While many cities are shrinking the attention for this topic is on the rise. Mostly, the media, policy makers and spatial planning researchers have been attracted to the phenomenon of shrinking cities (in the book also referred to as ‘urban shrinkage’ and ‘(continuous) decline’). Most of us are aware of the dire situation in Detroit and have seen the photographs of its abandoned buildings. However, we can see this also in Europe. In fact, nearly half of Europe’s cities – home to one-third of the continent’s population – are shrinking in one way or another. Given the global trends it is very likely that shrinkage is there to stay; it might even become more widespread. As such, shrinking cities are very relevant for Europe’s future. Surprisingly, limited attention has been given to this topic so far.
Against this background, the book* explores the phenomenon of shrinkage in a number of European cities. It emphasises the need to create viable strategies in the context of decline. The book asks the basic question: what planning actions could avert or mitigate the worst effects of shrinkage? The authors reflect on European initiatives to shed light on shrinkage and provide appropriate responses accordingly. They offer examples of how different actors (businesses, governments, citizens) address problems caused by shrinkage and ways to deal with it by making use of policy, planning, social and economic actions.The main argument the authors of this volume bring forward is the inadequacy of current planning approaches for shrinking cities. In particular, this is true for the widely accepted growth paradigm (where success is defined in the terms of growth). It is argued, however, that alternative planning mechanisms and strategies are necessary. In the book a variety of case studies is presented offering examples of such alternative approaches.
The introductory chapter sets the scene and gives an overview of the current literature on shrinking cities. Quotes from most relevant shrinkage publications from recent years are used which give the reader a good insight in the relevant literature. Moreover, the European policy context regarding shrinking cities is introduced. The following chapters present various case studies. The case selection is so wide-ranging that it could be argued that it is somewhat arbitrary. For example, the case of Detroit and civic engagement in Europe’s rural areas are not really exemplary of European urban shrinkage. The broad focus of the book is at the same time its strength and its weakness. The breadth provides exemplary cases tackling many different topics, which is typical for the urban shrinkage topic: it is exceeding one discipline and it is very complex in its nature. With its broad approach, the book clearly demonstrates the complexity of the topic. The side-effect of this is that it sometimes lacks depth when it comes to specific issues in shrinking cities. At the same time, the case studies can serve as a useful guide for policy makers and shrinking cities researchers. Moreover, the use of real life examples and best practices in the different chapters are illustrative.
In the book a lot of topics are covered: learning from shrinkage experience in the United States; civic engagement, leadership and community development; the temporary use of facilities and resources; addressing problems of oversized utility infrastructures; environmental design and land-use planning; opportunities for urban food production; the management of urban land markets; the co-production of public services and strategy; fostering the social economy; age-friendly strategies and considering the need to rethink the strategy processes in shrinking cities. With regard to the last topic the author of the chapter pleas for “… focus on quality of life rather than growth in narrowly economic, materialistic and profit terms” (p. 8), a quote that represents the red line through the book. This chapter is also interesting because it addresses the barriers to develop strategic responses to shrinkage. One of the problems is that those who decide on the strategic direction of a shrinking city often are unfamiliar with the impacts of shrinkage. The author therefore calls for a paradigm shift: traditional interventions based on growth principles are no longer appropriate. Instead finding ways to ‘shrink smart’ is essential.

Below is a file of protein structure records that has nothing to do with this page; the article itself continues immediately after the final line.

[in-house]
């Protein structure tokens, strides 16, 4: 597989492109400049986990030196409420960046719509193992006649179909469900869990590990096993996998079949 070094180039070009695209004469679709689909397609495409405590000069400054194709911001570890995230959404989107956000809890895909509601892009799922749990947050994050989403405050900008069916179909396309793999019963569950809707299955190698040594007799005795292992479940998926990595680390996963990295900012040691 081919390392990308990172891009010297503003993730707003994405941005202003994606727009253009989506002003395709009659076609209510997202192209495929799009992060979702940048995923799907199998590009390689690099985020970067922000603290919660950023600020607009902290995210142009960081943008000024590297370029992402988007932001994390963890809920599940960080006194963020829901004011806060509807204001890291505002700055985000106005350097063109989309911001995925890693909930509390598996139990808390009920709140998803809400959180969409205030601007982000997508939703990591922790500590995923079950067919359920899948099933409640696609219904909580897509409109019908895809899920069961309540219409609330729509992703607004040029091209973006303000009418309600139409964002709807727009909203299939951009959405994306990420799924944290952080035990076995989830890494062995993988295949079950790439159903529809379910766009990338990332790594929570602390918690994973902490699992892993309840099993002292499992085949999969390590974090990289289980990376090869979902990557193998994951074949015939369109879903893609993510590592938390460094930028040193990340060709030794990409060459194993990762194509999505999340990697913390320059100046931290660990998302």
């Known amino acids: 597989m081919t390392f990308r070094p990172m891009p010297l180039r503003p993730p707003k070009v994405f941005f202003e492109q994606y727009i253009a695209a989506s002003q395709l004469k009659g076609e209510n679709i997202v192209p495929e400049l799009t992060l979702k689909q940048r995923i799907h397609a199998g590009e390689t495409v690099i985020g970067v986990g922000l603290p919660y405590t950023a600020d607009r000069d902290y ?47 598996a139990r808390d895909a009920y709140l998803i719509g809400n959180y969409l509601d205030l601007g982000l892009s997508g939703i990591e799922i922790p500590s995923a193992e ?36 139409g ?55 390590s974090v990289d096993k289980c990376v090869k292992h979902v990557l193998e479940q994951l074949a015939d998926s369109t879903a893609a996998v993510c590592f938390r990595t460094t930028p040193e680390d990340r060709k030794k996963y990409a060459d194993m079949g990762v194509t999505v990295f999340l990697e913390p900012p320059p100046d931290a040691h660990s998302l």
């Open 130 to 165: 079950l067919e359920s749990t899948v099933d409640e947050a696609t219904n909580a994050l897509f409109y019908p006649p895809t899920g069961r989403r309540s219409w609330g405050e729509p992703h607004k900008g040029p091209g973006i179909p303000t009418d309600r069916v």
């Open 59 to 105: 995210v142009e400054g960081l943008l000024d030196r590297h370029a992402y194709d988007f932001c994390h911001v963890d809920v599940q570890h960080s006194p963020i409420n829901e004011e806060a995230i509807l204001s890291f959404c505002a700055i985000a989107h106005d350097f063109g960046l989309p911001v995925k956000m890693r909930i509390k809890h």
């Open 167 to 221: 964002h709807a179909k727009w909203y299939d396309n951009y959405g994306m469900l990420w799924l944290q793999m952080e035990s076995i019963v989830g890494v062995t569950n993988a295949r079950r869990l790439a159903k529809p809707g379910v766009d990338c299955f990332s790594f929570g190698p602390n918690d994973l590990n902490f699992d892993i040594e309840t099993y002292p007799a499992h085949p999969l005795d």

The closing chapter builds on all contributions of the book and concludes that the progress of European cities depends on working within the space that neoliberalism provides today. This implies dealing with consequences of shrinkage in innovative ways. The priorities for tackling shrinkage in Europe’s cities are raised as well: (1) dealing with surplus service infrastructure and land, (2) fostering temporary uses of buildings and land, (3) enhancing the social economy and co-production of services and (4) facilitating inclusive strategies and governance processes. Although the priorities are set, I feel that they could be explained in a more concrete way. Future publications could tackle this by looking into how the four priorities could be achieved. Considering the predictions for European societies, future directions for European shrinking cities is certainly a topic worthwhile exploring. The book at hand offers an up-to-date overview of the literature on shrinking cities, a variety of interesting case studies and generic suggestions for policy making. As such, it is useful for planners, planning theorists and authorities. With its call for action and many case examples the book is a valuable contribution to the shrinking cities literature.
William J.V. NEILL, Hans SCHLAPPA (eds.), Future Directions for the European Shrinking City, Routledge, New York 2016, 209 pp.
Deze recensie is gepubliceerd in: European Spatial Research and Policy (Volume 24, issue 1, 2017)